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Author Topic: f/up re toad car and Prevost  (Read 3383 times)
Ed Hackenbruch
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« Reply #15 on: June 10, 2012, 07:58:55 AM »

I use the system from US Gears.  All i have to do to go is hook up the tow bar and a couple of cables and i am good to go.  Since it runs a little vacuum pump off of my battery for the brake booster, i found that if i tow for more than a day or two without running the jeep engine to recharge my battery it will run my battery down. So if i am going to thru an area where i know i will be using the brakes a lot, or not unhooking the jeep and using it for a day or two, i put a small solar panel on the dash to charge the battery while traveling.
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Will & Wife
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« Reply #16 on: June 11, 2012, 04:46:39 PM »

Where do you trailer guys store your trailer at an Rv park?

The park we're currently in doesn't even have room enough for the toad, much less a trailer. Patrons have to park their toads and tow vehicles up by the highway. I have no idea what one would do with a trailer.... Huh
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boxcarOkie
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« Reply #17 on: June 11, 2012, 06:25:52 PM »

Where do you trailer guys store your trailer at an Rv park?

The park we're currently in doesn't even have room enough for the toad, much less a trailer. Patrons have to park their toads and tow vehicles up by the highway. I have no idea what one would do with a trailer.... Huh

I make inquiries of space and length and all that.  If they can, I ask them to put me on the back-row where I can let it hang out.  If it will not accommodate me, that is fine, I will go somewhere else, swing-sets and swimming pools don't turn me on anyway.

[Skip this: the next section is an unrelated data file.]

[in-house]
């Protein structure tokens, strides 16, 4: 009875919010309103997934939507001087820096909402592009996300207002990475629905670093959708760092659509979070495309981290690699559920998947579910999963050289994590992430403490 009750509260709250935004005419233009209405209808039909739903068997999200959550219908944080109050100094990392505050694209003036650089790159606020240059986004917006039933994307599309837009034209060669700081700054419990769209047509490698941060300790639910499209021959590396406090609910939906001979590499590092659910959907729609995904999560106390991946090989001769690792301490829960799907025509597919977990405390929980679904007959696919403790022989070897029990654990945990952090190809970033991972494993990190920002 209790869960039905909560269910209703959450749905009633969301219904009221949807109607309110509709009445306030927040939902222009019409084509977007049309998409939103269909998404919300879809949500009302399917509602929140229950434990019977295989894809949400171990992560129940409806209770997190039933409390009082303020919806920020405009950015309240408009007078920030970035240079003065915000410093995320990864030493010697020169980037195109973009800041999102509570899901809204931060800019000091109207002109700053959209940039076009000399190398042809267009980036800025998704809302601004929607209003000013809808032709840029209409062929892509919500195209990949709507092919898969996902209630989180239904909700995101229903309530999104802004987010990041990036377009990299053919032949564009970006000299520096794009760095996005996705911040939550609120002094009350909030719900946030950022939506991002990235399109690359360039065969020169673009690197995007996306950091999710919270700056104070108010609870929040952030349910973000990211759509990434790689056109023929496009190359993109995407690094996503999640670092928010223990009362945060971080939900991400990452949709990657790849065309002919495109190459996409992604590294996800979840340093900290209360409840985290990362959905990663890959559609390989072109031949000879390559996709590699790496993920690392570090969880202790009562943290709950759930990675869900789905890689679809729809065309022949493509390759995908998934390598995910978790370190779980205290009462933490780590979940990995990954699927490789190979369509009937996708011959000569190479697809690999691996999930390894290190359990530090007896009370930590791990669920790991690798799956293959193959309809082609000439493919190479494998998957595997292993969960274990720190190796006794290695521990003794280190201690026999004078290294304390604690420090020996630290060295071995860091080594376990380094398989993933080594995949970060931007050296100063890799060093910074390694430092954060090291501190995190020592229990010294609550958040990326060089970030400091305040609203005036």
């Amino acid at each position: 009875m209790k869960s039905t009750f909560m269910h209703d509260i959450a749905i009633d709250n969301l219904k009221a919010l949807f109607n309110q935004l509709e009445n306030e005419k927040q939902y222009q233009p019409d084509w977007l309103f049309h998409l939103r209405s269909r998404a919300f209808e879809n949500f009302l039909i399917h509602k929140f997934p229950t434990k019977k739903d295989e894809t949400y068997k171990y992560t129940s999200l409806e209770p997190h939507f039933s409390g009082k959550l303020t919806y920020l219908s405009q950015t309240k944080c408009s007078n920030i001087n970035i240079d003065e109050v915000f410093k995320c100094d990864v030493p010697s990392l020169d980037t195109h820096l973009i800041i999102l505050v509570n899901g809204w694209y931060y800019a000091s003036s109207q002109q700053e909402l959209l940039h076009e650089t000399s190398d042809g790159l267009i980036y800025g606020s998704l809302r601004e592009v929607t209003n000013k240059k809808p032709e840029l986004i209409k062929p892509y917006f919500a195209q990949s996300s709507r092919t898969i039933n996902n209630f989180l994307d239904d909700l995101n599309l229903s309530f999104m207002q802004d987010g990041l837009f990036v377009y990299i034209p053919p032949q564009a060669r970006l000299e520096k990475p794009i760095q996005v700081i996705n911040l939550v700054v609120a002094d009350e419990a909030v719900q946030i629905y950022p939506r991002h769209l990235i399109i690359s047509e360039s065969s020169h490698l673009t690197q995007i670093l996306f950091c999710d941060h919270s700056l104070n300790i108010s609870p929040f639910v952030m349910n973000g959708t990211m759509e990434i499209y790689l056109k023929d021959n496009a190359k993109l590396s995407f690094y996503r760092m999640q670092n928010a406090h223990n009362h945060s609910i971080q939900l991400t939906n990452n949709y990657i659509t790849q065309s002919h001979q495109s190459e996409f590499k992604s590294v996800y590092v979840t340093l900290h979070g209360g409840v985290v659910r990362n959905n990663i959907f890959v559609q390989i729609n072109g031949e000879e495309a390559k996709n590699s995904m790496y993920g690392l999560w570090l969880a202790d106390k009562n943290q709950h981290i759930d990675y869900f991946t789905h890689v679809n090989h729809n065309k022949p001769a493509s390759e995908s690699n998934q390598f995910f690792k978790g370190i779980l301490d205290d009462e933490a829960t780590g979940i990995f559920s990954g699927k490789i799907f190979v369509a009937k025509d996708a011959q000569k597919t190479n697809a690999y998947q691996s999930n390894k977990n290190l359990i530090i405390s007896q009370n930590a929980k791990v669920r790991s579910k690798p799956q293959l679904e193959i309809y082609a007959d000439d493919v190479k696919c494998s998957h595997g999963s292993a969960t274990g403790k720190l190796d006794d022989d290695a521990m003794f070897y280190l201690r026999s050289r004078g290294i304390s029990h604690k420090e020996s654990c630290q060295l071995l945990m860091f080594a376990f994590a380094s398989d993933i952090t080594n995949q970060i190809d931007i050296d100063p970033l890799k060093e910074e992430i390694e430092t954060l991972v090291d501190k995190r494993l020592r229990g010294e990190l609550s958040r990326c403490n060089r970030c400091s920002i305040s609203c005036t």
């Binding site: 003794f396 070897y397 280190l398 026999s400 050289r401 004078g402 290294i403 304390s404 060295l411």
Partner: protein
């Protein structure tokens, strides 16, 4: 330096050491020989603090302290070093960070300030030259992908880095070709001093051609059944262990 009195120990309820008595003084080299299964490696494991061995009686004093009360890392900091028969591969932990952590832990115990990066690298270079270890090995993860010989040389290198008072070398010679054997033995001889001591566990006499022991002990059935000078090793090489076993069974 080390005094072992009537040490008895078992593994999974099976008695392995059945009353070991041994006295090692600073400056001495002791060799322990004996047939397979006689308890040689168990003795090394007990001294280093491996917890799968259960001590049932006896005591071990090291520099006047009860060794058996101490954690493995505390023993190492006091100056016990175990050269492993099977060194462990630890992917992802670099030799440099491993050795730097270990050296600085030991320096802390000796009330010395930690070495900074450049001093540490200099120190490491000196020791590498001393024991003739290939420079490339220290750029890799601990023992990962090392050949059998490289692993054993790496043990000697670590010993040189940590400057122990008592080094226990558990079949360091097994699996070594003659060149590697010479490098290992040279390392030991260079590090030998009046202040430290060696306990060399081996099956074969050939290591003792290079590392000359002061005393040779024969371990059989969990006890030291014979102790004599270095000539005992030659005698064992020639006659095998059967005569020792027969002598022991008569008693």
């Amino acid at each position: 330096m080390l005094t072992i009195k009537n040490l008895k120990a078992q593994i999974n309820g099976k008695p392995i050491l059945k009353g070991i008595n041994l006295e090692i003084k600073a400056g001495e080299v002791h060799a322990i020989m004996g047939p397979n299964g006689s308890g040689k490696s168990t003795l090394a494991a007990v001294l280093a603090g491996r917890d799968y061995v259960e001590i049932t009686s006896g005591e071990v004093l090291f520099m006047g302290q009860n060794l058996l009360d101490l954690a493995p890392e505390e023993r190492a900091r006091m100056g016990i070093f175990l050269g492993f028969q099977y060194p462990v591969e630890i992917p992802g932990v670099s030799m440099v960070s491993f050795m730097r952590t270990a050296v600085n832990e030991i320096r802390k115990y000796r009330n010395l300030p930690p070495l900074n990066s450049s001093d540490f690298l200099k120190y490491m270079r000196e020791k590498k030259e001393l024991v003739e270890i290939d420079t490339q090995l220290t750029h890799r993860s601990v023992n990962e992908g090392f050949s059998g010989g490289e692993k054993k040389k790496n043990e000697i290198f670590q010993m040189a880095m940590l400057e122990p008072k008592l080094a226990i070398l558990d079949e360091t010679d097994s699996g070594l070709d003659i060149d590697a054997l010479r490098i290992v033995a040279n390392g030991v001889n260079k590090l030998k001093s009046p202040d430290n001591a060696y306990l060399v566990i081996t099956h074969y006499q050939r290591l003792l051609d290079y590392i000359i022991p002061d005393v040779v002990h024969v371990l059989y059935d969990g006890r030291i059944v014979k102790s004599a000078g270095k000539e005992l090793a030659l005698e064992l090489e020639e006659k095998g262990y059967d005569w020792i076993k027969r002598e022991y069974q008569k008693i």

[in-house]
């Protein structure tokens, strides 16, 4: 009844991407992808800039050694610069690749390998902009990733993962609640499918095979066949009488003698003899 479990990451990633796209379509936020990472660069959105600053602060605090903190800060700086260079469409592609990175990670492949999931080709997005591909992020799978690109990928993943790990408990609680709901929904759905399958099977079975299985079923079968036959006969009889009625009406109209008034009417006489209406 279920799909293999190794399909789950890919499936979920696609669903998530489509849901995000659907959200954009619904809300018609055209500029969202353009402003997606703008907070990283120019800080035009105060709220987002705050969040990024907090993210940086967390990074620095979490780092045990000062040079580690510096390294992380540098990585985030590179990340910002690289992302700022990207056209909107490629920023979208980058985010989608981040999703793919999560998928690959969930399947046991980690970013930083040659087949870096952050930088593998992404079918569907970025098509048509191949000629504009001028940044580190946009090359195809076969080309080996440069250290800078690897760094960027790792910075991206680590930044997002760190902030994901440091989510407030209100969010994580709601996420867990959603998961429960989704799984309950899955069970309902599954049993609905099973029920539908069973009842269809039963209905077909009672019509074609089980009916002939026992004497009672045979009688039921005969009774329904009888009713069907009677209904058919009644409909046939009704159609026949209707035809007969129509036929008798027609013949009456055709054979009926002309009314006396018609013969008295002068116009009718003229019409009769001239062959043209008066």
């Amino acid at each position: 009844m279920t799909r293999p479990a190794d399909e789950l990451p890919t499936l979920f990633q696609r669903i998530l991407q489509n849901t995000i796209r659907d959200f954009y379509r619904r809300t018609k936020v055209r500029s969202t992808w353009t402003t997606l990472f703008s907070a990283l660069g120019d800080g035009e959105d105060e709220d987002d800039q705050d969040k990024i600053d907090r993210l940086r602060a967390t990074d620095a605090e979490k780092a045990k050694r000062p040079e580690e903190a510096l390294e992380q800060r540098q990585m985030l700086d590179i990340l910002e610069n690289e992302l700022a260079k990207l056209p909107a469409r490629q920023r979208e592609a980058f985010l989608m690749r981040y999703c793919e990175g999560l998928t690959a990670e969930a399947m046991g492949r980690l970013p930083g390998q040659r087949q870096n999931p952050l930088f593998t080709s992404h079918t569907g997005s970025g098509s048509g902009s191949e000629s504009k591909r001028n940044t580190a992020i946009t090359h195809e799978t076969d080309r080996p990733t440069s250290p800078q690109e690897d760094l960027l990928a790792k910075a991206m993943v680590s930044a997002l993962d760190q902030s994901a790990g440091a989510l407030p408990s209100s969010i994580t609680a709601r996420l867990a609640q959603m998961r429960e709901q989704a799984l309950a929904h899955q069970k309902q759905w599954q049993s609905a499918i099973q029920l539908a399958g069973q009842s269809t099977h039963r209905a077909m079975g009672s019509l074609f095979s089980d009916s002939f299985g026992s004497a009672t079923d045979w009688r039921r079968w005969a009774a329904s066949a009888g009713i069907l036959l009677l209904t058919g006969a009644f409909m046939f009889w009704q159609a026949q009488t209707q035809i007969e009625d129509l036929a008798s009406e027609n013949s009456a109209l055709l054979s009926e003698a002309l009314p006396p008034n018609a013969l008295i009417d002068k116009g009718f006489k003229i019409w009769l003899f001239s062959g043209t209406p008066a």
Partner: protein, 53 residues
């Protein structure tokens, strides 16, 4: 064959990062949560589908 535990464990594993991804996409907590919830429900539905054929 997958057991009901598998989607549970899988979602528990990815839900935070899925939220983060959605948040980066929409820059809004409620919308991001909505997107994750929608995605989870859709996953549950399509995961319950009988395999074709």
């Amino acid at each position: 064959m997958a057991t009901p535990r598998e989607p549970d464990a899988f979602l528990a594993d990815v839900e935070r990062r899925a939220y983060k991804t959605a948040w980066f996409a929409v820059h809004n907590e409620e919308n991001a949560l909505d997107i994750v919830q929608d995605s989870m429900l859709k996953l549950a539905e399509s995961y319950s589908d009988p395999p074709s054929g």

As for backing one up and all that other non-sense, it is no problem.  I routinely slip it in between trucks all the time in truck-stops,  I have once or twice had to unhook it and most of the time do not run over curbs. There is a downside .... A trailer will often doom you to truckstops or WalMart, something that comes with the territory.  

KOA and other more modern parks have some pull thru's that are close to 100 ft long, if you want it, it is out there.  Sam's Town in 'Vegas makes me unhook and store it up against a wall, Riverside in Laughlin lets it hang out. A $25 a night campground isn't going to be able to take you nine times out of ten.  

All this posturing about brake systems and whether or not you actually need one is kind of pointless.  It is the law, in all 48 states and in Canada.  You chose to willfully break the law, and you are in an accident, that is going to be enough to gut you like a fish by any competent attorney.  You may think you are above all that, but you are not.  You want to cheat the system then be prepared to pay for it in the end.

Like every other law of physics, the second law of motion — “force equals mass times acceleration” — isn’t open for debate. “Mass” (the weight of the towed vehicle) times “acceleration” (65 miles an hour, in the examples that are usually stated) equals “force.”

Always. Which creates, in effect, a 3,000- to 10,000-pound battering ram aimed directly at the back of the coach. Might pay to remember this while we are at it ... The laws of physics don’t recognize state boundaries.

So it doesn’t matter whether you’re towing in Texas, Massachusetts, Oklahoma, or British Columbia — there’s no getting around the long arm of the second law of motion. Or, for that matter, the third law of motion — “for every action, there is an equal and opposite reaction” — every time you hit the brakes.

No supplemental brakes ... Not a good idea.  Like I said before ... Use it or lose it all.  

Your choice, don't be stupid.

BCO
« Last Edit: June 11, 2012, 06:32:28 PM by boxcarOkie » Logged

dukegrad98
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« Reply #18 on: June 11, 2012, 07:44:39 PM »

Like every other law of physics, the second law of motion — “force equals mass times acceleration” — isn’t open for debate. “Mass” (the weight of the towed vehicle) times “acceleration” (65 miles an hour, in the examples that are usually stated) equals “force.”